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Aurora Institute

CompetencyWorks Releases Report Updating Definition of Competency-Based Education

Education Domain Blog

Today, the CompetencyWorks initiative of the Aurora Institute (formerly iNACOL) released What Is Competency-Based Education? An Updated Definition. The report updates the 2011 working definition, which helped to build the field and create common understandings of key elements in competency-based systems among stakeholders. The definition has been used by schools to support design and implementation, by states to establish supporting policies and a common vision, and by national organizations to provide frameworks for networks of states, districts, and schools to discuss their initiatives and build shared understanding.

The 2011 working definition was developed by more than 100 education innovators at the first National Summit for K-12 Competency-Based Education. Several years later, feedback indicated that it should be updated to reflect a deeper understanding of key issues and developments in the field. The new report presents the updated definition, which was developed with extensive input from field surveys, invited attendees at the second National Summit on K-12 Competency-Based Education in 2017, and a Technical Advisory Group of more than 40 experts in the field.

Updated Definition

The updated 2019 definition of competency-based education is:

  1. Students are empowered daily to make important decisions about their learning experiences, how they will create and apply knowledge, and how they will demonstrate their learning.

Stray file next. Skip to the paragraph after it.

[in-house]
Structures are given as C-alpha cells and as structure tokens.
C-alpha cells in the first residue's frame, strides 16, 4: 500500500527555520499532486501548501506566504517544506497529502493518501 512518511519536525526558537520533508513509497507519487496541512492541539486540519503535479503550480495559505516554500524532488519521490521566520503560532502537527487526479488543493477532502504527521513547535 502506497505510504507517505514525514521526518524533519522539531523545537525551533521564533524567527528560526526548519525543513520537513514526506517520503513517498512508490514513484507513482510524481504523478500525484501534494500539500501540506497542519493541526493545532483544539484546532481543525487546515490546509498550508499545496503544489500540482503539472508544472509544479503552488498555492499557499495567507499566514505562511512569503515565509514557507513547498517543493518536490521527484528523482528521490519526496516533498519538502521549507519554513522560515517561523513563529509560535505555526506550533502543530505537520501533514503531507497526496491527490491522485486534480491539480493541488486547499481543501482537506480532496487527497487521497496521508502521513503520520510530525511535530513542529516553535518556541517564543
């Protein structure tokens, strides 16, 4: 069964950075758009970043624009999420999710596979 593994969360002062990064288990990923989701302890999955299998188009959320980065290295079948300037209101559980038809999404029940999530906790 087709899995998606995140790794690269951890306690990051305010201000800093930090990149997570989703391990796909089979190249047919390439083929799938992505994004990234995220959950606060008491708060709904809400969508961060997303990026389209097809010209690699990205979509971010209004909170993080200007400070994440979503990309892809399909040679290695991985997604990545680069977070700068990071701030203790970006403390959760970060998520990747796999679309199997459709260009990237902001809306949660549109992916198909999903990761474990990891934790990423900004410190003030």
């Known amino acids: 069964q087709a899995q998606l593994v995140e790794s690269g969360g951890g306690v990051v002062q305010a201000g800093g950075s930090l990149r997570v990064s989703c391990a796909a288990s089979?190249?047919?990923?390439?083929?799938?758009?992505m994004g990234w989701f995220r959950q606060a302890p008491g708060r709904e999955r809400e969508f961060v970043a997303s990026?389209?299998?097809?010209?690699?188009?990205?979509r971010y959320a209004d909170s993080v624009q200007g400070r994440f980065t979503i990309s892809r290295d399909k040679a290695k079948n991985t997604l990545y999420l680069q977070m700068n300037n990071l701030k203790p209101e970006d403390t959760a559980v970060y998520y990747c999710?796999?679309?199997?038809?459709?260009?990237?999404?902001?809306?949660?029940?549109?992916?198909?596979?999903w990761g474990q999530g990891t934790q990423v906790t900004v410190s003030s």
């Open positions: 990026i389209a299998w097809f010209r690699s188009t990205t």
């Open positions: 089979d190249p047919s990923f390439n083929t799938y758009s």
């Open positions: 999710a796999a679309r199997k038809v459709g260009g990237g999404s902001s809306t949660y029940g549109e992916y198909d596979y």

2. Assessment is a meaningful, positive, and empowering learning experience for students that yields timely, relevant, and actionable evidence.
  3. Students receive timely, differentiated support based on their individual learning needs.
  4. Students progress based on evidence of mastery, not seat time.
  5. Students learn actively using different pathways and varied pacing.
  6. Strategies to ensure equity for all students are embedded in the culture, structure, and pedagogy of schools and education systems.
  7. Rigorous, common expectations for learning (knowledge, skills, and dispositions) are explicit, transparent, measurable, and transferable.

Elements 1, 5, and 6 of the definition are new to place a greater focus on the importance of equity, student agency, and different pathways. Element 1 reflects the field’s greater understanding of the essential nature of student agency in building student motivation, engagement, lifelong learning skills, and depth of knowledge. The statement that students are empowered “daily” to make important decisions about their education signals the depth of commitment to student agency and personalized learning that is central to the shift from a traditional one-size-fits-all system to one that prepares youth more effectively for their futures.

Element 5 acknowledges that different pathways and varied pacing are essential components of competency-based education. Students still need to progress based on evidence of mastery, not seat time (see Element 4), but they also arrive at mastery through different routes and in different time frames based on their personal needs, strengths, and challenges.